Awareness Campaigns

 

Lawn Mower Injury Prevention Campaign   VIEW PRESS RELEASE HERE

As the school year draws to a close, thousands of children across the country will take on a familiar chore: mowing the lawn. Safety is always a priority, and three national medical organizations are warning families that the routine task of lawn mowing can be extremely dangerous to children, the operator, and those nearby if proper safety precautions aren’t taken.

 

According to the Consumer Product Safety Commission (CPSC), in 2013 more than 301,000 people were treated for lawn mower-related injuries in a clinic or emergency department, or were admitted to the hospital. More than 10,500 of them are children under age 18, and approximately one-third of lawn mower-related injuries are serious enough to be treated in an emergency department.    

 

“Behind the often pleasant summer task of mowing the yard lurks a serious threat to the health of children, youth and adults. We are hopeful that disseminating information about lawn mower safety may eliminate the thousands of mutilating and at times fatal injuries resulting from the use of both riding and push- or walk-behind lawn mowers,” said ASRM President Allen T. Bishop, MD. “If we are to avoid a life-changing event to a family member, appropriate prevention is vital.”

 

With the summer mowing season in effect, the American Academy of Orthopaedic Surgeons (AAOS), American Academy of Pediatrics (AAP) and the American Society for Reconstructive Microsurgery (ASRM) are joining forces to educate adults and children about the importance of lawn mower safety.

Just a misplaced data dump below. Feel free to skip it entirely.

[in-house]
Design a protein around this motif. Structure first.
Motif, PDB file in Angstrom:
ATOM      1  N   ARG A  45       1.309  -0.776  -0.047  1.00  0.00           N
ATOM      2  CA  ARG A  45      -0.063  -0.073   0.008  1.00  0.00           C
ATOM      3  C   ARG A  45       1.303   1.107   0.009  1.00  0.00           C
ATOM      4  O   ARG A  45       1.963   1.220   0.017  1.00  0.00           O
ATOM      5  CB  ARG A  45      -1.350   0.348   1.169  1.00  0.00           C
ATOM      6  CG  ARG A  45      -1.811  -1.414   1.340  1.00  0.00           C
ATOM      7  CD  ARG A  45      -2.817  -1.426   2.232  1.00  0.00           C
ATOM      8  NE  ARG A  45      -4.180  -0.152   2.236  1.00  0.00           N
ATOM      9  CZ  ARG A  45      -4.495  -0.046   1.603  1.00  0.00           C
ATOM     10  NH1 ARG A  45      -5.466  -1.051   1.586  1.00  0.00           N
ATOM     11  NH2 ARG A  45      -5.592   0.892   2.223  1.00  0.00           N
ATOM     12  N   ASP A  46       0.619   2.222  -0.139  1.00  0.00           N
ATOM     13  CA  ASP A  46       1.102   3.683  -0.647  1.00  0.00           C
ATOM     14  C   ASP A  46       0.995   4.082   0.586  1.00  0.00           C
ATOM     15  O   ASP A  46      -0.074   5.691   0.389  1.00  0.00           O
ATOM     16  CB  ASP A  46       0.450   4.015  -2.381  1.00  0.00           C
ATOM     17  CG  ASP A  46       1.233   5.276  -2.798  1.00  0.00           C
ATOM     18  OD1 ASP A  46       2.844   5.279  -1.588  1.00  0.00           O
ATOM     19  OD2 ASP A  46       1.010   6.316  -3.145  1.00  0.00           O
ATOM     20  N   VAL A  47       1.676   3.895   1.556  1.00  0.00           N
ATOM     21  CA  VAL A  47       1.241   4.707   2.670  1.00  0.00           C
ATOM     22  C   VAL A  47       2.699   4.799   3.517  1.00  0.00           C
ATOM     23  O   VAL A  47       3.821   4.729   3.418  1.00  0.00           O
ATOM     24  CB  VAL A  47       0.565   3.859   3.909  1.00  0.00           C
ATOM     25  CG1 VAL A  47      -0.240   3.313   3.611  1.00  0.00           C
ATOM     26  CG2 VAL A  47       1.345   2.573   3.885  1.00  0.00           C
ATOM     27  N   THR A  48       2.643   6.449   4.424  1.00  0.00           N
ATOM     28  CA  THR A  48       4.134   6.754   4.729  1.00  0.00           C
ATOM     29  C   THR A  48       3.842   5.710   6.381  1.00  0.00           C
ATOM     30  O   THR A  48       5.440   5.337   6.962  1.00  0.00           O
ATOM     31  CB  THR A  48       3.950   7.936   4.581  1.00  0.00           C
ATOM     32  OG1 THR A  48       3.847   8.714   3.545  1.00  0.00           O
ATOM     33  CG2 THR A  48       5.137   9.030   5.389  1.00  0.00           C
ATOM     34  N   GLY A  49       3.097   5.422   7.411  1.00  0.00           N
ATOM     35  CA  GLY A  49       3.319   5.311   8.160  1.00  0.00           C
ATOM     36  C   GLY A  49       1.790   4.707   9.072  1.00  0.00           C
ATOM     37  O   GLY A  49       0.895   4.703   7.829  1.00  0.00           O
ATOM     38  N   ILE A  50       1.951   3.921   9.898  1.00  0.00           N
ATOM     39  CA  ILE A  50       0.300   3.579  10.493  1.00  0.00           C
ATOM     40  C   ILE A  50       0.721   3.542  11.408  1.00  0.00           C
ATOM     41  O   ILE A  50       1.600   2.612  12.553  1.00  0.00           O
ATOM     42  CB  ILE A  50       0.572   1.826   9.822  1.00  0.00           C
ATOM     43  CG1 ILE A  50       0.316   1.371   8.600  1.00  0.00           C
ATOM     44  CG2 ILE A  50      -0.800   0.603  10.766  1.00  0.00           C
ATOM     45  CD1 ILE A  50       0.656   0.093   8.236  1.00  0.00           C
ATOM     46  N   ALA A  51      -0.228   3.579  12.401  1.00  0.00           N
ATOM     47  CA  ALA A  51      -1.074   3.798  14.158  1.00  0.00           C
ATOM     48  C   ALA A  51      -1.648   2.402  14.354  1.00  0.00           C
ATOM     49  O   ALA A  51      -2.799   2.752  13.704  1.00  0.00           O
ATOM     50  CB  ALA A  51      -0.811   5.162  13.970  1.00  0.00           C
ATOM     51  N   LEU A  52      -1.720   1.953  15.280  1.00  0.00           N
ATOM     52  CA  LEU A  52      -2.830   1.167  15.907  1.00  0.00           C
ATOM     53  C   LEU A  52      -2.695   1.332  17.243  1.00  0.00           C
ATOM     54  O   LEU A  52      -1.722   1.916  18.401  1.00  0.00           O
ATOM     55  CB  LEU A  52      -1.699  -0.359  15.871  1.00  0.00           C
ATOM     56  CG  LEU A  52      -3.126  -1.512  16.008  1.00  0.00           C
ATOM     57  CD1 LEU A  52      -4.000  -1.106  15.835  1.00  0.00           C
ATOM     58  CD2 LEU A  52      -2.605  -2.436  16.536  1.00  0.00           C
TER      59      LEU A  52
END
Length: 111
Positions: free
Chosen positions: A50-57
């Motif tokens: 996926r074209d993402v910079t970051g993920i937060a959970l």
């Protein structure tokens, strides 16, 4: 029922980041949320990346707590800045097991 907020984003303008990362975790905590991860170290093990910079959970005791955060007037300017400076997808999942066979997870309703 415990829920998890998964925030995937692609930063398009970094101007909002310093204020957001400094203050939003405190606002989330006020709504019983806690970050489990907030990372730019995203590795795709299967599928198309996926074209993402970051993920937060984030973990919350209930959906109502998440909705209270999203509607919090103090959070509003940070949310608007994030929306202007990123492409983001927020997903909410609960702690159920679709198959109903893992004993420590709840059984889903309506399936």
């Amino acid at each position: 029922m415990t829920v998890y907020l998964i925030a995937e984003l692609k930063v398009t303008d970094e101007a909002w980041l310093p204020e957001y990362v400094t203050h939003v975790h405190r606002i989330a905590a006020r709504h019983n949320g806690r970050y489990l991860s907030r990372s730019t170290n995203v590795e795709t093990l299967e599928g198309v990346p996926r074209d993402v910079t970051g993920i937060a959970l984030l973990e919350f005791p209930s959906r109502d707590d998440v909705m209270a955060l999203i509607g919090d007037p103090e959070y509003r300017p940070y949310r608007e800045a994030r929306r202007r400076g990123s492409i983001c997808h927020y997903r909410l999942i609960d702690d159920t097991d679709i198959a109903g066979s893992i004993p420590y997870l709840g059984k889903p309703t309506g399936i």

Lawn mower injury prevention tips include:

 

  • Only use a mower with a control that stops the mower blade from moving if the handle is let go.
  • Children should be at least 12 years of age before operating a push lawn mower, and age 16 to operate a driving lawn mower.
  • Wear sturdy shoes with good traction
  • Prevent injuries from flying objects, such as stones or toys, by picking up objects from the lawn before mowing begins. Have anyone who uses a mower or is in the vicinity wear polycarbonate protective eyewear at all times. 
  • Do not pull the mower backward or mow in reverse unless absolutely necessary, and carefully look for children behind you when you mow in reverse.
  • Always turn off the mower and wait for the blades to stop completely before removing the grass catcher, unclogging the discharge chute, inspecting or repairing lawn mower equipment or crossing gravel paths, roads, or other areas.
  • Use a stick or broom handle (not your hands or feet) to remove debris in lawn mowers.
  • Do not allow children to ride as passengers on ride-on mowers and keep children out of the yard while mowing.
  • Drive up and down slopes, not across to prevent mower rollover.
  • Keep lawn mowers in good working order. When using a lawn mower for the first time in a season, have it serviced to ensure that it is working correctly.

 

 National Dog Bite Prevention Week  / May 18-24, 2014                                                           VIEW PRESS RELEASE HERE